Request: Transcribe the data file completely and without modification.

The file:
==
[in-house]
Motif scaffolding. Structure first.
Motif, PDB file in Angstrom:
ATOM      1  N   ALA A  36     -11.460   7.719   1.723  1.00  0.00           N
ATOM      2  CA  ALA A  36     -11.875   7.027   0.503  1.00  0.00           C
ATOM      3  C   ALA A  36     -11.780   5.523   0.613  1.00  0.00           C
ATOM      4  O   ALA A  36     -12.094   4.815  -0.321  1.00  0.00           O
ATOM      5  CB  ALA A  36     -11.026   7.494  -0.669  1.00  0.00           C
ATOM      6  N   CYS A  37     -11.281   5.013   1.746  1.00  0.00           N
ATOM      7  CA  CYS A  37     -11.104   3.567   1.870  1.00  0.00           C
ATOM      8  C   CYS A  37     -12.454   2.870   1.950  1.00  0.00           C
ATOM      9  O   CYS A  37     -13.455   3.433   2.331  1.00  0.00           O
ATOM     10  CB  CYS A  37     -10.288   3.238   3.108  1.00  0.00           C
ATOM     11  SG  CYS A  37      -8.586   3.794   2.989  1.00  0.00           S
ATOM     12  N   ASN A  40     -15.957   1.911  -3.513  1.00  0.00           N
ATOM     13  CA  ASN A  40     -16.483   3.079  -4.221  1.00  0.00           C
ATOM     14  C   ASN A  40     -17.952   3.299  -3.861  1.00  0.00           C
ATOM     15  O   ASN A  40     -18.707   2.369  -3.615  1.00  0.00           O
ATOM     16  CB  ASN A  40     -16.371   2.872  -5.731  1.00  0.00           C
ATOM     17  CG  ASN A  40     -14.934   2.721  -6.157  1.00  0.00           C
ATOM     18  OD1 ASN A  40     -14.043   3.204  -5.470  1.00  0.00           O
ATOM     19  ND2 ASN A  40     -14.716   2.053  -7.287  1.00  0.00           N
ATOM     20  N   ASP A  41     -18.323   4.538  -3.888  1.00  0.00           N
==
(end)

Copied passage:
[in-house]
Motif scaffolding. Structure first.
Motif, PDB file in Angstrom:
ATOM      1  N   ALA A  36     -11.460   7.719   1.723  1.00  0.00           N
ATOM      2  CA  ALA A  36     -11.875   7.027   0.503  1.00  0.00           C
ATOM      3  C   ALA A  36     -11.780   5.523   0.613  1.00  0.00           C
ATOM      4  O   ALA A  36     -12.094   4.815  -0.321  1.00  0.00           O
ATOM      5  CB  ALA A  36     -11.026   7.494  -0.669  1.00  0.00           C
ATOM      6  N   CYS A  37     -11.281   5.013   1.746  1.00  0.00           N
ATOM      7  CA  CYS A  37     -11.104   3.567   1.870  1.00  0.00           C
ATOM      8  C   CYS A  37     -12.454   2.870   1.950  1.00  0.00           C
ATOM      9  O   CYS A  37     -13.455   3.433   2.331  1.00  0.00           O
ATOM     10  CB  CYS A  37     -10.288   3.238   3.108  1.00  0.00           C
ATOM     11  SG  CYS A  37      -8.586   3.794   2.989  1.00  0.00           S
ATOM     12  N   ASN A  40     -15.957   1.911  -3.513  1.00  0.00           N
ATOM     13  CA  ASN A  40     -16.483   3.079  -4.221  1.00  0.00           C
ATOM     14  C   ASN A  40     -17.952   3.299  -3.861  1.00  0.00           C
ATOM     15  O   ASN A  40     -18.707   2.369  -3.615  1.00  0.00           O
ATOM     16  CB  ASN A  40     -16.371   2.872  -5.731  1.00  0.00           C
ATOM     17  CG  ASN A  40     -14.934   2.721  -6.157  1.00  0.00           C
ATOM     18  OD1 ASN A  40     -14.043   3.204  -5.470  1.00  0.00           O
ATOM     19  ND2 ASN A  40     -14.716   2.053  -7.287  1.00  0.00           N
ATOM     20  N   ASP A  41     -18.323   4.538  -3.888  1.00  0.00           N